Ocean's depressive tendencies strangled the majority of his first two projects, Nostalgia, Ultra and Channel Orange. Re-read his eloquent letter on falling in love with another man (in which he screamed at God for an explanation) and re-listen to "Bad Religion" (in which he fell into anguish and learned from a taxi driver that prayer "couldn't hurt"). It's all there, murky and twisted-up between split-seconds of fleeting glory. Ocean was figuring out his place in the world, and he forced that agony into his songs.
It's part of what made Blonde so immediately engrossing. Ocean obviously hadn't found any sort of lasting happiness as a 28-year-old, but he was actively searching for it, and sometimes new shapes and colors got him closer. There were moments, as there are on Golden Hour, when the LSD took over almost completely. "Solo," in which he's "gone off tabs of that acid," brings on image of "Hell on earth," a burning city, but "heaven" nonetheless if you breathe it in. Dreams—the mind outside of itself—are everywhere, from the instant that he hears "I love you" on "Ivy" through the wet dream on "Self-Control" into the dreams of thoughts and thoughts of dreams that run into each other on "Siegfried." He explained that otherworldliness himself in an essay that came out a couple hours after Blonde. It was weird and wonderful, partially a story about his first experience on mushrooms, the way he saw a car's center console breathing, the experience of the "imperial palm trees and climbing vines living their lives out just off the [hard] shoulder," the psychedelia of everything. But, as he did with the rain-glitter on "Nikes," he boiled it down to something simpler: "The feeling familiar enhanced."
That's where Musgraves and Ocean meet—enhancing the familiar, insisting that the new reality they're seeing when high is the real reality, utterly overwhelming though it is. "Siegfried" segues into psychedelia again: "Eat some shrooms, maybe have a good cry about you / See some colors, light hang glide off the moon." Musgraves is in love now and no longer heartbroken, really, but she sees the same thing everywhere—a "kiss full of color," the "Golden Hour" when the sky changes hue.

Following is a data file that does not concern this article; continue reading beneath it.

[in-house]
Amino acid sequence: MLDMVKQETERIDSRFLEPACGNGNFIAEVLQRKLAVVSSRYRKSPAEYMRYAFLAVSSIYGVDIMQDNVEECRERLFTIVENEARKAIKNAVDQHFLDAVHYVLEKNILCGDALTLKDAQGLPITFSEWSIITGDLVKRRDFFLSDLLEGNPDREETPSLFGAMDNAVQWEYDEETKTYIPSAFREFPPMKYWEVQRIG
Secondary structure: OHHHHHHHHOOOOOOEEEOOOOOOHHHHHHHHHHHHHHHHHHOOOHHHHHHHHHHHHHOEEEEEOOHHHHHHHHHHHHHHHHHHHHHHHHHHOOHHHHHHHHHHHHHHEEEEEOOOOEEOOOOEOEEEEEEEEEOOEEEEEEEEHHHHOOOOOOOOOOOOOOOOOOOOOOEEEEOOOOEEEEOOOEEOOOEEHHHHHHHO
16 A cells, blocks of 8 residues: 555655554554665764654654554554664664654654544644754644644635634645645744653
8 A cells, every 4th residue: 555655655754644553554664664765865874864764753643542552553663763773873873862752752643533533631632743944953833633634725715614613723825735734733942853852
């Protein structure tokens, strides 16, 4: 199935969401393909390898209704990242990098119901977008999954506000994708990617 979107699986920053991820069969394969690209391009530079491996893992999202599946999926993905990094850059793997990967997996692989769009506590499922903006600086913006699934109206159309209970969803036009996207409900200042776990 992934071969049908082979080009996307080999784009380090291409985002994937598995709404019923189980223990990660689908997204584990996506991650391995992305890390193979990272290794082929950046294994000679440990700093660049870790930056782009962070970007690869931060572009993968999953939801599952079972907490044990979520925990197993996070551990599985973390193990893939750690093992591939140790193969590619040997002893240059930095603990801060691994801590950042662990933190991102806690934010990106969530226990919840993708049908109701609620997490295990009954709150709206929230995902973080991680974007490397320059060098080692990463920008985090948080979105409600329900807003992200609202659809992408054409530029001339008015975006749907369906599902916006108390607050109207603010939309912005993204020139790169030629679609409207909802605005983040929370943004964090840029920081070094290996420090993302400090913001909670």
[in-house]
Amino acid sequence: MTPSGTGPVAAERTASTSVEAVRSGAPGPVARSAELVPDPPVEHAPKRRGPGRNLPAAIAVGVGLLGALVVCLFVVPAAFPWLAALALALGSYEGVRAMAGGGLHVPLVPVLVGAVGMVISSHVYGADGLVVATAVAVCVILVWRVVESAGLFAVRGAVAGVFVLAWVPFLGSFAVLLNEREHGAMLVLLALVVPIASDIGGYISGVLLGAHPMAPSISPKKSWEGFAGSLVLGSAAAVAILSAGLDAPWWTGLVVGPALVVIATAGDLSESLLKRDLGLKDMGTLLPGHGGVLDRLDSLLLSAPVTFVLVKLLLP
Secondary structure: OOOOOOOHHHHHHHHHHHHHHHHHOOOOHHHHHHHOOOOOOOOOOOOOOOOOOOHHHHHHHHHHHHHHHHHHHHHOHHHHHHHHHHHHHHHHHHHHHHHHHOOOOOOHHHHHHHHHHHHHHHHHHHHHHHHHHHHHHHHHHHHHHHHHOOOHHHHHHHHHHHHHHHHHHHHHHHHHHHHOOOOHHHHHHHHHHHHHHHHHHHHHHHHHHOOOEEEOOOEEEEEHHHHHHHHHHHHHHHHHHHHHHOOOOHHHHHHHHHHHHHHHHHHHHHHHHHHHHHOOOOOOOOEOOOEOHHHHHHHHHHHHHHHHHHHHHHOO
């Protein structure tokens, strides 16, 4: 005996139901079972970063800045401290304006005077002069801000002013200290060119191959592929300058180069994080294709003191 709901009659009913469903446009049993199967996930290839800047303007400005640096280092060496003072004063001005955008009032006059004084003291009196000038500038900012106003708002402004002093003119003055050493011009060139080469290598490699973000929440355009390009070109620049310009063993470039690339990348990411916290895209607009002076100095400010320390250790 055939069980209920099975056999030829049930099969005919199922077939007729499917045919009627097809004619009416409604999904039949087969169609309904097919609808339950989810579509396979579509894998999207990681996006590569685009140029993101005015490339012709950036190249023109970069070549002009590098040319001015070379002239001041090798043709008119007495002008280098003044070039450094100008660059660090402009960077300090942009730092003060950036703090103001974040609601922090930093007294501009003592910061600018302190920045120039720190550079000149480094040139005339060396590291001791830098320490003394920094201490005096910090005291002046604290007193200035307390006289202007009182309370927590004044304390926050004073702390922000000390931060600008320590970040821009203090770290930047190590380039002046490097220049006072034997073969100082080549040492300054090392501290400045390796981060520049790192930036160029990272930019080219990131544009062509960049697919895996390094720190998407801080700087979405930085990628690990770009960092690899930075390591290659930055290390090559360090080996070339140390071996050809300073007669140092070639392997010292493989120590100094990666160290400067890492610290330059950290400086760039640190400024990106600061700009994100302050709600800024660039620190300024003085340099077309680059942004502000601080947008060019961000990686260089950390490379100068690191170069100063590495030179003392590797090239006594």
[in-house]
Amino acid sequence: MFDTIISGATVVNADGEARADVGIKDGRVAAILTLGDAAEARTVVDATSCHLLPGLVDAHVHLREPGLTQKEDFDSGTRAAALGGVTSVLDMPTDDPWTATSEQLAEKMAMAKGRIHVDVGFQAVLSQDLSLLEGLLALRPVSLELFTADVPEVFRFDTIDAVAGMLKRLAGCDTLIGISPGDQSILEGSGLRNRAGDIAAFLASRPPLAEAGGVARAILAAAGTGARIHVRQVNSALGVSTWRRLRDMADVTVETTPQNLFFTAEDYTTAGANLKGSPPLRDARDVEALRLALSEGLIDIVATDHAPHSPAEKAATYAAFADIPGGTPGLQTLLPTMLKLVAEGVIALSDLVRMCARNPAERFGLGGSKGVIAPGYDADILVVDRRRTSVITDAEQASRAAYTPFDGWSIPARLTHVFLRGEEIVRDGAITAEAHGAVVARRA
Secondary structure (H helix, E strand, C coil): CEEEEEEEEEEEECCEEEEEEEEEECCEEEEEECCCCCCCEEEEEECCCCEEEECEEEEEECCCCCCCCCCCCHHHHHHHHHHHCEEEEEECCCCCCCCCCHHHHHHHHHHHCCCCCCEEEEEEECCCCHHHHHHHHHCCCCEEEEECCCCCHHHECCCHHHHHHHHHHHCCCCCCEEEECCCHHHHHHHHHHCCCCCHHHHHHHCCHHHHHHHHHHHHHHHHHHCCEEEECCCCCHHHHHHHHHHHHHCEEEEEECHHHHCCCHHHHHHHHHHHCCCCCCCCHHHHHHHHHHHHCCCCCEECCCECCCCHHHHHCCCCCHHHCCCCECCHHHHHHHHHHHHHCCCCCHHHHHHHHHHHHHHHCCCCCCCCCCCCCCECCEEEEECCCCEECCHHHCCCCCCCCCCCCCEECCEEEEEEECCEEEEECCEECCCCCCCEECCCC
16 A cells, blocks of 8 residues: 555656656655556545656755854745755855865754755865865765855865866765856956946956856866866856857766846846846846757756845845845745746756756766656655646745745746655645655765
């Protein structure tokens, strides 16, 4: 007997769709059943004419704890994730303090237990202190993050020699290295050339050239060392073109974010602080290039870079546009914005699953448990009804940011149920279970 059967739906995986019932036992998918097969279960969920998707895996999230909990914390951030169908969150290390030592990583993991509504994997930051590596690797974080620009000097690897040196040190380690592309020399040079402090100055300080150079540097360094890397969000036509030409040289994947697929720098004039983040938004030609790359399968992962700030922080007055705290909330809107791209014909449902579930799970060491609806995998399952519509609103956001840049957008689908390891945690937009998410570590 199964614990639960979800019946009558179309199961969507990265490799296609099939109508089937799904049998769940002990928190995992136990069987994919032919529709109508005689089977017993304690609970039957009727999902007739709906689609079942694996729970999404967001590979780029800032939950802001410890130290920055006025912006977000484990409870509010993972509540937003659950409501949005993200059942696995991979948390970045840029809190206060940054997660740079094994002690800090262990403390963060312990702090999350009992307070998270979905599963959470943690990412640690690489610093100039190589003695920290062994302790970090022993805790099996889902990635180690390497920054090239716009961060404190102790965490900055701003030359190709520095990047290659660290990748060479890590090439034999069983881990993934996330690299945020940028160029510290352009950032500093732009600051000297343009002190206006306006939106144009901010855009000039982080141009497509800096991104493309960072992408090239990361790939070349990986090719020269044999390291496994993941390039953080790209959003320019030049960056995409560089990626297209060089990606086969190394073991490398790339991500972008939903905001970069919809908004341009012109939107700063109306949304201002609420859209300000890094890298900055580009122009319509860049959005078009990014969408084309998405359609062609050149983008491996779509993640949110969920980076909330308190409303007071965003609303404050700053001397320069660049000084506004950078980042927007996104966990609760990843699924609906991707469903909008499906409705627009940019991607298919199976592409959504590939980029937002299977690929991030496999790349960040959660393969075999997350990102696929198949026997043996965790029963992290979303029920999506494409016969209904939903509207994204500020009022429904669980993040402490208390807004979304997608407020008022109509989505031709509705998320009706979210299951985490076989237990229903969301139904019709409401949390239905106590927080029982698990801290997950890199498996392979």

Members of (and superstars to) a generation of people bogged down by low-level despair and pixelated anxiety, Musgraves and Ocean both use psychedelic drugs as an escape, something that can alter them for the better, something that can strip back some layers. And—whatever era—stumbling into adulthood, figuring out where you belong and what the hell you're doing, is painful. They're looking for a new route through. "These songs are injected with a hopeful outlook on this time + space we have on this beautiful planet, despite it feeling tumultuous," Musgraves wrote two days before Golden Hour's release. "No is run of the mill. Yes is a gem," Ocean wrote at at i-D.
Their acid-catalyzed rushes lead them to different conclusions. But listening to them over and over again, "Futura Free" and "Rainbow"—which close out Blonde and Golden Hour respectively—seem to be in an uncanny conversation with one another. They're both four-chord piano ballads, though Ocean's is warped and skittishly stream-of-consciousness while Musgraves's is startlingly beautiful and concise. Ocean, like Musgraves, talks to his mother: "Play these songs, it's therapy momma / They paying me momma / I should be paying them." But he intentionally loses focus as things stumble forward. He lashes out a little. It all unspools like a comedown.
Musgraves just stays staring at the colors: "Yellow red and orange and green, and at least a million others." It's neater, more comforting, but no more or less true than Ocean's late turn towards chaos. Not all of the new colors are beautiful, but Kacey Musgraves and Frank Ocean, on their masterpieces, both realize that it's worth looking for long enough to find out.
Alex Robert Ross wants to look at all the flowers. Follow him on Twitter.